“[Race relations] were pretty bad under Barack Obama, that I can tell you. … I think jobs can have a very big and positive impact,” Trump said.
Trump said that he expected wages to rise as the economy improved.
“I believe wages now, because the economy is doing so well with respect to employment and unemployment, I believe wages will start to go up,” he said.
In his speech Trump highlighted the fact that the United States became an energy exporter for the first time ever. The United States is now exporting both oil and natural gas.
On healthcare Trump lamented the fact that Republicans were only 1 vote short in the Senate from passing a healthcare bill.
Trump called on the senate to get rid of its filibuster rule, making it possible that legislation be passed by a majority of the 100 senators rather than the 60 votes needed if the minority filibusters.
“If we don’t, the Republicans will never get anything passed. You’re wasting your time. We have to get rid of the filibuster rule. Right now, we need 60 votes and we have 52 Republicans. That means that eight Democrats are controlling all of this legislation,” Trump said.
Trump said that his administraion has “accomplished historic amounts in a short period of time,” highlighting the fact that so far over 50 pieces of legislation have been signed.
Speaking to his supporters, Trump said “I came to Washington for you. Your dreams are my dreams. Your hopes are my hopes. And your future is what I’m fighting for each and every day.”
But he said it was not just his supporters, but that he cared deeply about all Americans.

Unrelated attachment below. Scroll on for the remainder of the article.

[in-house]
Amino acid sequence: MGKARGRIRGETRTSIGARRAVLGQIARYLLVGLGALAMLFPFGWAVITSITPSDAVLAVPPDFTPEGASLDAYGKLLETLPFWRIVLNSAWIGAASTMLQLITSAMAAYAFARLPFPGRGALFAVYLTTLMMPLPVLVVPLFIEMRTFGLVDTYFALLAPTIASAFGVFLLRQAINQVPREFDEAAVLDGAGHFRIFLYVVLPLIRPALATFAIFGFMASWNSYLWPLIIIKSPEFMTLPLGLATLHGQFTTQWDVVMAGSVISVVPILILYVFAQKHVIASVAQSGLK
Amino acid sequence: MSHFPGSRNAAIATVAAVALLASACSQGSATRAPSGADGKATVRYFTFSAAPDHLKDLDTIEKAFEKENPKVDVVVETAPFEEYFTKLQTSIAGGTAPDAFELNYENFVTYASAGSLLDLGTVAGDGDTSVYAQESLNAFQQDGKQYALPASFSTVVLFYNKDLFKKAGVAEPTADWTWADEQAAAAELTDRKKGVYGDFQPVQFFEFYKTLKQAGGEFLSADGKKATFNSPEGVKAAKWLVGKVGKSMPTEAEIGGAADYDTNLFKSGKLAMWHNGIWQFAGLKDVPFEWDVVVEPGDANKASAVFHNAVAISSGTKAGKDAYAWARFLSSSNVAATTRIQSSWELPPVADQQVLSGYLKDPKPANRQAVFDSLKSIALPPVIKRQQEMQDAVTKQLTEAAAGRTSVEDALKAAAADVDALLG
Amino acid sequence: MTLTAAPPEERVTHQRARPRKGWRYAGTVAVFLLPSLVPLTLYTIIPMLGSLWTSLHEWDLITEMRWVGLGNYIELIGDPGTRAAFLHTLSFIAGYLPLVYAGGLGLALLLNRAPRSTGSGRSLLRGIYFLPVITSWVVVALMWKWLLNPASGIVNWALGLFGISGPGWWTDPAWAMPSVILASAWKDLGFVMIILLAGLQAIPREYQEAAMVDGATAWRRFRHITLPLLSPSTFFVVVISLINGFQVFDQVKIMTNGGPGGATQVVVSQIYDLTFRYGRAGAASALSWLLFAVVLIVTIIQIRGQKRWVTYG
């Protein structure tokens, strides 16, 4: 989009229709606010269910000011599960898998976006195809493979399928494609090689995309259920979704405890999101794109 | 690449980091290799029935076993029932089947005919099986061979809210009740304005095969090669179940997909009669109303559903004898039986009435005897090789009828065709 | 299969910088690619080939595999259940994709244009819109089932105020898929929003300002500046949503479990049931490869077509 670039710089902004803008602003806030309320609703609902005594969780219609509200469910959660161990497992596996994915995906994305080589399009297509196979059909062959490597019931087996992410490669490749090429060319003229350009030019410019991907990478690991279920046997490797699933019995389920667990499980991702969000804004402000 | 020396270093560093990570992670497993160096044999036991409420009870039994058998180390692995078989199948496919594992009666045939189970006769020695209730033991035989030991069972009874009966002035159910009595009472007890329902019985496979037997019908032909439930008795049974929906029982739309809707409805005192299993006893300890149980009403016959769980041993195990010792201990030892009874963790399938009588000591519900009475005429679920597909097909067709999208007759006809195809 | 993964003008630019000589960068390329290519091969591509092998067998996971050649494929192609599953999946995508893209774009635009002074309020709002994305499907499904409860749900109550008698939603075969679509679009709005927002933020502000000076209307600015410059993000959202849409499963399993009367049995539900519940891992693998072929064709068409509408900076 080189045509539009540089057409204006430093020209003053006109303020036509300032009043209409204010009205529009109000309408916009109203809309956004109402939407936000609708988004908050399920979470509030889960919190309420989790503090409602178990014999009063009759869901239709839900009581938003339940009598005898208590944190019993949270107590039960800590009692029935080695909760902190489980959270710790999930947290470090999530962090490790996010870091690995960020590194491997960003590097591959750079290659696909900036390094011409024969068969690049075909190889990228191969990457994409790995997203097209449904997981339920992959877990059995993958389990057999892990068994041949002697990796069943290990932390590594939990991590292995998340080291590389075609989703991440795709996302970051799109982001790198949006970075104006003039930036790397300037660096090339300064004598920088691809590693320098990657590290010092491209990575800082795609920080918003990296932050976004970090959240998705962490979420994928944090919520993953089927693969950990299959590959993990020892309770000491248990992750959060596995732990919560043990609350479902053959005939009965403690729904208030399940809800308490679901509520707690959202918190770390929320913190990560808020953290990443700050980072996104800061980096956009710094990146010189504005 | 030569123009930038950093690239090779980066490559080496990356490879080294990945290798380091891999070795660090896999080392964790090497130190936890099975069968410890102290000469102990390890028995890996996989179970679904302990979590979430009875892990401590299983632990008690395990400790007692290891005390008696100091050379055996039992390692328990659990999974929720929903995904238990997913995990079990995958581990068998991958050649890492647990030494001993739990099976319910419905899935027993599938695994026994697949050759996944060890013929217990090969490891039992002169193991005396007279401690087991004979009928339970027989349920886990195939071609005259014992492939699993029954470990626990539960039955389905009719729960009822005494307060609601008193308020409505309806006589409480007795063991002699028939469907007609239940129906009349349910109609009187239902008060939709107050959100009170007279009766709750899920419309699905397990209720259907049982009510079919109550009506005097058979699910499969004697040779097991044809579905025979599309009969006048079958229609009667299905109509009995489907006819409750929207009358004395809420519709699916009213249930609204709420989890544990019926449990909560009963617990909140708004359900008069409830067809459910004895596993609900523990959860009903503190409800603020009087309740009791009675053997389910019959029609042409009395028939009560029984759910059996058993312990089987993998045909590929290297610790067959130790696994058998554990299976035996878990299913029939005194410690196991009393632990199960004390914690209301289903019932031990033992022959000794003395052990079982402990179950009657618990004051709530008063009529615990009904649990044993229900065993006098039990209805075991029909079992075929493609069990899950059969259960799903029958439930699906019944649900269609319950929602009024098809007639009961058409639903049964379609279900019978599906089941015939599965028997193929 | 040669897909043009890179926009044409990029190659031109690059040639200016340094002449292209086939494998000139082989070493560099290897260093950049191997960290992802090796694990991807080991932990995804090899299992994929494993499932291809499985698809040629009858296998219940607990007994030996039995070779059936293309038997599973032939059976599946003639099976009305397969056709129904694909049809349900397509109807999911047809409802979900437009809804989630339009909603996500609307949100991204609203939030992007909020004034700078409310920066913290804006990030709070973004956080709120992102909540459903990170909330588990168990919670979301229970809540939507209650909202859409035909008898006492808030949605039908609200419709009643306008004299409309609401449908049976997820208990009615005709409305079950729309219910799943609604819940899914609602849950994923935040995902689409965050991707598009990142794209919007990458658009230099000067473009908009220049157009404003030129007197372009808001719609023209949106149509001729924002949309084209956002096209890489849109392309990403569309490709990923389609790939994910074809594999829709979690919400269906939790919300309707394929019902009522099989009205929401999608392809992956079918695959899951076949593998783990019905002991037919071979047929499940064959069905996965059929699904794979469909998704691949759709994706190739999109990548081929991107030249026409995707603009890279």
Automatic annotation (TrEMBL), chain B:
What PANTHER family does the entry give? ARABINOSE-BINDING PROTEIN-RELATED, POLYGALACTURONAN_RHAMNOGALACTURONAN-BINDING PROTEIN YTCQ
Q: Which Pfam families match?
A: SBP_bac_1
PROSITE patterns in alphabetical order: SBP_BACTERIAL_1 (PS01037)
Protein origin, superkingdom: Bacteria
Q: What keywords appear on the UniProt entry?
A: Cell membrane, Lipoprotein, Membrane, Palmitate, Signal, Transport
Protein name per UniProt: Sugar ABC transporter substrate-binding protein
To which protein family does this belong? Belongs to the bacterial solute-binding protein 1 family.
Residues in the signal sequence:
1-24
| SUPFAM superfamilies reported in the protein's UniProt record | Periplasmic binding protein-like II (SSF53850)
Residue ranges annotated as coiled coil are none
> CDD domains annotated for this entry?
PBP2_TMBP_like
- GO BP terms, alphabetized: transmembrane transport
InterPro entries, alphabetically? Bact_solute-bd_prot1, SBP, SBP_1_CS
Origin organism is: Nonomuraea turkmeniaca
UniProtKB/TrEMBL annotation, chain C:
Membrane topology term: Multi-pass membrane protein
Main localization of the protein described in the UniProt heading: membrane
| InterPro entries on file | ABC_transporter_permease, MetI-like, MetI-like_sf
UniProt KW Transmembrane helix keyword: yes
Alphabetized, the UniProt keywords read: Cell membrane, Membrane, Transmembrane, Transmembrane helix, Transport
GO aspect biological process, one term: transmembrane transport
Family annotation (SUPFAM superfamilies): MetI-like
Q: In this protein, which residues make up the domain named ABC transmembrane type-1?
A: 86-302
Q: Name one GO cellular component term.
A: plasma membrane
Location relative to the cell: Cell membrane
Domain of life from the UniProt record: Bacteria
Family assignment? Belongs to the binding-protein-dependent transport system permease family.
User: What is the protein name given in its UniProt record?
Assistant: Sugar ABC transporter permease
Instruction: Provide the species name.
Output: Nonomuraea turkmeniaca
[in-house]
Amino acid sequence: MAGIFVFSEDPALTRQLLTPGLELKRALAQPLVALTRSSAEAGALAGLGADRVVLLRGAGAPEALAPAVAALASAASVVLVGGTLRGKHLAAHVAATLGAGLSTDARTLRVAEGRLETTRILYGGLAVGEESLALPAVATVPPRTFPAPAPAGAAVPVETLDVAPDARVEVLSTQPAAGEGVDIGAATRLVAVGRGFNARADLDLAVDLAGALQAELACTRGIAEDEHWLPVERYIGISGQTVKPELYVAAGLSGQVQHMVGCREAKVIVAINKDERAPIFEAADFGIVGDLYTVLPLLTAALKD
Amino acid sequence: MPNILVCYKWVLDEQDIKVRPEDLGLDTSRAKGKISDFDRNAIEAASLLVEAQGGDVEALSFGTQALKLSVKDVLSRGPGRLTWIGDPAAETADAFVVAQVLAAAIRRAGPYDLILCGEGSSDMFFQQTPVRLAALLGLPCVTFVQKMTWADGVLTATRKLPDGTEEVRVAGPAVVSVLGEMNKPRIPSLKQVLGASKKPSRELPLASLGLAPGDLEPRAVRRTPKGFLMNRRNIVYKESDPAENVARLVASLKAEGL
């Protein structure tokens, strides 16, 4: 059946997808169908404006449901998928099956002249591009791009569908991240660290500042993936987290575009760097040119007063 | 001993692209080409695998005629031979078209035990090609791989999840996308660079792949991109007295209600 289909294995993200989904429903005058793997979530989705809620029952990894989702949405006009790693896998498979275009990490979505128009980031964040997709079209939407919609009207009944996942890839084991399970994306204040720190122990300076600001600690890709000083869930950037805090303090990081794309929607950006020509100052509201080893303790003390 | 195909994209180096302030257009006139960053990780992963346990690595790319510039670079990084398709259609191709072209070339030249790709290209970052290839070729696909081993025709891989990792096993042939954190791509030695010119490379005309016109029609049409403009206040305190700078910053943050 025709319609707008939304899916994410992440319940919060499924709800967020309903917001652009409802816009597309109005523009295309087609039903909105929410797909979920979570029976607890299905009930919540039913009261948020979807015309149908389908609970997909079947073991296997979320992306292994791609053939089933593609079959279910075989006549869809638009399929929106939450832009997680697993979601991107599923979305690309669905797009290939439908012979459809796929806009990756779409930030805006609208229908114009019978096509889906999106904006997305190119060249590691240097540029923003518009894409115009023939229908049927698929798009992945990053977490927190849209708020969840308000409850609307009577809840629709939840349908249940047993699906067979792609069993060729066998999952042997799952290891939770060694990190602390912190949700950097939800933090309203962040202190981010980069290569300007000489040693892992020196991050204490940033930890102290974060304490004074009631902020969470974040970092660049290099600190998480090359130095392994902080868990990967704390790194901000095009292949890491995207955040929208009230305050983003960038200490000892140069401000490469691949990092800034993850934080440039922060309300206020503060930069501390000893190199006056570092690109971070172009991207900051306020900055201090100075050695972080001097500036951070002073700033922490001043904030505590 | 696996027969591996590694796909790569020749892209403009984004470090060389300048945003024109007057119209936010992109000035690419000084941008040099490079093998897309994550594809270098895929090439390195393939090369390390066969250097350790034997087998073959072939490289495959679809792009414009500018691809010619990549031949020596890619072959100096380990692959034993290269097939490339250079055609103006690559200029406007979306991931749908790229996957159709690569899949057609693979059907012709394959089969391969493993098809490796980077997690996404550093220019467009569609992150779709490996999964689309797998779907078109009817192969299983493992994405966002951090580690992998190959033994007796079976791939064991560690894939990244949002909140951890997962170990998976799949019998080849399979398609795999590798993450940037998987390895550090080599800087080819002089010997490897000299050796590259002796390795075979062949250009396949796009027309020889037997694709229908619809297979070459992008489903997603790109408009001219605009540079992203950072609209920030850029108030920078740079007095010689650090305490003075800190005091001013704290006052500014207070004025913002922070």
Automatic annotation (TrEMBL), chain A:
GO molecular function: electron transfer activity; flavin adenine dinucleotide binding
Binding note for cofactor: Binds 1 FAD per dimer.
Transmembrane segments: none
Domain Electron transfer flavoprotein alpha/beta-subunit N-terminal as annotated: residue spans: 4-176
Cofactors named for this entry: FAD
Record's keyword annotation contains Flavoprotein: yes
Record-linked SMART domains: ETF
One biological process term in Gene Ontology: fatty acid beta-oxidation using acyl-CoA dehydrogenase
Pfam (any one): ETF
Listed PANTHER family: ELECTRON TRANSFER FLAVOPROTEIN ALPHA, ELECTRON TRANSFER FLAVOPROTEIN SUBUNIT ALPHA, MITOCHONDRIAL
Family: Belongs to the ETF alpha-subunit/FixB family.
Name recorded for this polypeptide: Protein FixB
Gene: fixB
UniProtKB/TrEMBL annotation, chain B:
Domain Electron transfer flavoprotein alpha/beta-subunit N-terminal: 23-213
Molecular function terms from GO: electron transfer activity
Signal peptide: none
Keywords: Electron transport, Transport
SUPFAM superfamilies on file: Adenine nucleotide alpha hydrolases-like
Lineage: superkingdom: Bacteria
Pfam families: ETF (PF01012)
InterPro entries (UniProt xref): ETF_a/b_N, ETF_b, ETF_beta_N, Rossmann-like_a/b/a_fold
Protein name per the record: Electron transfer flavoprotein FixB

“When one part of America hurts, we all hurt. And when one American suffers an injustice, all of America suffers together. We’re all together,” he said.
Expressing his hopes for a country that is more united, Trump pointed to America’s soldiers as an example of an unbreakable team.
“No matter where they come from, no matter what faith they practice, they form a single unbreakable team. … It’s time for all of us to remember that we are all on the same team. We are all Americans, and we all believe right now in America first,” Trump said.
In his speech Trump criticized media organizations for trying to divide Americans with selective and biased reporting.
“I really think they don’t like our country. I really believe that. And I don’t believe they’re going to change,” Trump said.
Highlighting the media’s coverage of the violence in Charlottesville, Virginia, Trumps said that despite multiple statements of him condemning white nationalist groups, media organizations chose not to report on it accurately.
After saying that both sides had some responsibility for the violence, many news organizations suggested that Trump was aiding white nationalist groups.
In calling out the other side Trump had made reference to the far left Antifa extremist group, which has been part of a number of violent protests in the United States so far.
In Phoenix Trump referred again to the group as they had been expected outside of the conference hall.
They show up in the helmets and the black masks, and they’ve got clubs and they’ve got everything,” he said.
“The only people giving a platform to these hate groups is the media itself, and the fake news,” Trump said.